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Jean D'Aspremont, who was head of the LLM Public International Law program at Leiden, left the university in January 2009 for the University of Amsterdam, halfway through the year. He took with him another professor whose name escapes me. If you are a Dutch student, then you have more choice of classes, but for us international students, that was half the faculty teaching us! Professor Brandebere took over running the program for a month or so and then they hired a new professor, Heinsch, to take over the program. It seemed strange that I had been at Leiden for 4 months, but that was longer than the head of the department.
I have no problem with Brandebere and Heinsch, they seemed like good professors. But the whole Leiden program seemed so disorganized and amateur, especially since they did not draw on many assets from the legal professionals in The Hague. I would have learned more by skipping all of my classes and spending every day in The Hague, reading at the Peace Palace and attending trials.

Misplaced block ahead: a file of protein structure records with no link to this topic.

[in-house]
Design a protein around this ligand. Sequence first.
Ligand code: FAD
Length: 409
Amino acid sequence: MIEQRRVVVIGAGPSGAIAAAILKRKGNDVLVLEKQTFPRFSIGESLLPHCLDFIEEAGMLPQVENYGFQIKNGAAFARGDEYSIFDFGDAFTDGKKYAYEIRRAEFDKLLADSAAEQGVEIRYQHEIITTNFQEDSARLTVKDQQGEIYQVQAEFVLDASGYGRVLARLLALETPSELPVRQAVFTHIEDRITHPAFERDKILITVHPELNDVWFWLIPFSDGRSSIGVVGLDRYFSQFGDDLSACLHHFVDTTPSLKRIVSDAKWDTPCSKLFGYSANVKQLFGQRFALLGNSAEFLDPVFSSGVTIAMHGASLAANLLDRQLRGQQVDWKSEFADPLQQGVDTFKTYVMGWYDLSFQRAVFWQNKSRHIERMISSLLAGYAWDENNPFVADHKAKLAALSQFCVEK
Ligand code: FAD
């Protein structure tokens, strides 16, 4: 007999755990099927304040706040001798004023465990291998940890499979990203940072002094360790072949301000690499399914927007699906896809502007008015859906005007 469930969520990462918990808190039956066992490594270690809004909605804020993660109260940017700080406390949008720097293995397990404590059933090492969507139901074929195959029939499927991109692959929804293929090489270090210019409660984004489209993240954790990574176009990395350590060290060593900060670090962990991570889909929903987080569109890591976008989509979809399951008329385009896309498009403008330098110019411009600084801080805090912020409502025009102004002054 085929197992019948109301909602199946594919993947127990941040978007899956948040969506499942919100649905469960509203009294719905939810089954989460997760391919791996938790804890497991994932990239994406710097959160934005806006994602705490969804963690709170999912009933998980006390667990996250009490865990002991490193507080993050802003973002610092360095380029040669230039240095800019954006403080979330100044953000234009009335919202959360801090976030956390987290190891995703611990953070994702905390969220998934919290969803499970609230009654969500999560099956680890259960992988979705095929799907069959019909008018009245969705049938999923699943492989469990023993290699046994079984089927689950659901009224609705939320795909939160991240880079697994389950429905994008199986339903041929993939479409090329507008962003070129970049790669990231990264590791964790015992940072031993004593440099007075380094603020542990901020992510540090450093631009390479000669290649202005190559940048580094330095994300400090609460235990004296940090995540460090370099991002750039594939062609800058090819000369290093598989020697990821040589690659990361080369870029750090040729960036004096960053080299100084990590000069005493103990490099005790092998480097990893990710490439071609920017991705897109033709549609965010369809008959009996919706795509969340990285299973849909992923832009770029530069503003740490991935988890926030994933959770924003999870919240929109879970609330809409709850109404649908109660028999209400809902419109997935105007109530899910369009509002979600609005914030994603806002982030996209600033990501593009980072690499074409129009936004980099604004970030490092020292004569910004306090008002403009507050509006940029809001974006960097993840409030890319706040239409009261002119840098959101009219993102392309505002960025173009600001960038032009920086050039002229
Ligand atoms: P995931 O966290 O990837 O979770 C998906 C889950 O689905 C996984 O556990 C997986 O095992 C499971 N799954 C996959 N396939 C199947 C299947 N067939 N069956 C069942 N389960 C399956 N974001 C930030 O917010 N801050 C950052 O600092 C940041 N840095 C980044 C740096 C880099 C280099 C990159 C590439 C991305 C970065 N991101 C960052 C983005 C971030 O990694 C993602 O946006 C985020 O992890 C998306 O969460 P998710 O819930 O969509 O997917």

Jean D'Aspremont, who was head of the LLM Public International Law program at Leiden, left the university in January 2009 for the University of Amsterdam, halfway through the year. He took with him another professor whose name escapes me. If you are a Dutch student, then you have more choice of classes, but for us international students, that was half the faculty teaching us! Professor Brandebere took over running the program for a month or so and then they hired a new professor, Heinsch, to take over the program. It seemed strange that I had been at Leiden for 4 months, but that was longer than the head of the department.
I have no problem with Brandebere and Heinsch, they seemed like good professors. But the whole Leiden program seemed so disorganized and amateur, especially since they did not draw on many assets from the legal professionals in The Hague. I would have learned more by skipping all of my classes and spending every day in The Hague, reading at the Peace Palace and attending trials.